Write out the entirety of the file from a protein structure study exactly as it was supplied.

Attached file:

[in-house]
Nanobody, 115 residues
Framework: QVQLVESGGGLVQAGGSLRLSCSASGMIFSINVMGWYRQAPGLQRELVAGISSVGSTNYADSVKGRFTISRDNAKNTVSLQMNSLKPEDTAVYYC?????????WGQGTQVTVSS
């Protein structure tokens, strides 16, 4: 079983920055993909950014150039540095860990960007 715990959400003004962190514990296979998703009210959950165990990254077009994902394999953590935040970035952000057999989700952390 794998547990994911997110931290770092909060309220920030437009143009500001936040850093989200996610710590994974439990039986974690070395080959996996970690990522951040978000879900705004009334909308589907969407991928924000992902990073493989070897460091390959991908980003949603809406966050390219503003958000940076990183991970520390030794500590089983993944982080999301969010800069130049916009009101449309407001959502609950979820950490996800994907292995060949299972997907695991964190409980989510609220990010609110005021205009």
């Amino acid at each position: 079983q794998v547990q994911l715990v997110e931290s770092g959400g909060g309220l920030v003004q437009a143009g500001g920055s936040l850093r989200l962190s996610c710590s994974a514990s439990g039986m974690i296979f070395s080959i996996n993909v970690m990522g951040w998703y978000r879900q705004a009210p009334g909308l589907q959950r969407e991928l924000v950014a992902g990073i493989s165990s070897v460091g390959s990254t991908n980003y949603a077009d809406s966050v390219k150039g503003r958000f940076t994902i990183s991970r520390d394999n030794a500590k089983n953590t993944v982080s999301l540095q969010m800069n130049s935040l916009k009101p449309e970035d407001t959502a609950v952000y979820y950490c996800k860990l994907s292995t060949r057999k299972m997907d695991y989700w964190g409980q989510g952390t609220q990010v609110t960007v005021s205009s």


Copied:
[in-house]
Nanobody, 115 residues
Framework: QVQLVESGGGLVQAGGSLRLSCSASGMIFSINVMGWYRQAPGLQRELVAGISSVGSTNYADSVKGRFTISRDNAKNTVSLQMNSLKPEDTAVYYC?????????WGQGTQVTVSS
């Protein structure tokens, strides 16, 4: 079983920055993909950014150039540095860990960007 715990959400003004962190514990296979998703009210959950165990990254077009994902394999953590935040970035952000057999989700952390 794998547990994911997110931290770092909060309220920030437009143009500001936040850093989200996610710590994974439990039986974690070395080959996996970690990522951040978000879900705004009334909308589907969407991928924000992902990073493989070897460091390959991908980003949603809406966050390219503003958000940076990183991970520390030794500590089983993944982080999301969010800069130049916009009101449309407001959502609950979820950490996800994907292995060949299972997907695991964190409980989510609220990010609110005021205009």
């Amino acid at each position: 079983q794998v547990q994911l715990v997110e931290s770092g959400g909060g309220l920030v003004q437009a143009g500001g920055s936040l850093r989200l962190s996610c710590s994974a514990s439990g039986m974690i296979f070395s080959i996996n993909v970690m990522g951040w998703y978000r879900q705004a009210p009334g909308l589907q959950r969407e991928l924000v950014a992902g990073i493989s165990s070897v460091g390959s990254t991908n980003y949603a077009d809406s966050v390219k150039g503003r958000f940076t994902i990183s991970r520390d394999n030794a500590k089983n953590t993944v982080s999301l540095q969010m800069n130049s935040l916009k009101p449309e970035d407001t959502a609950v952000y979820y950490c996800k860990l994907s292995t060949r057999k299972m997907d695991y989700w964190g409980q989510g952390t609220q990010v609110t960007v005021s205009s």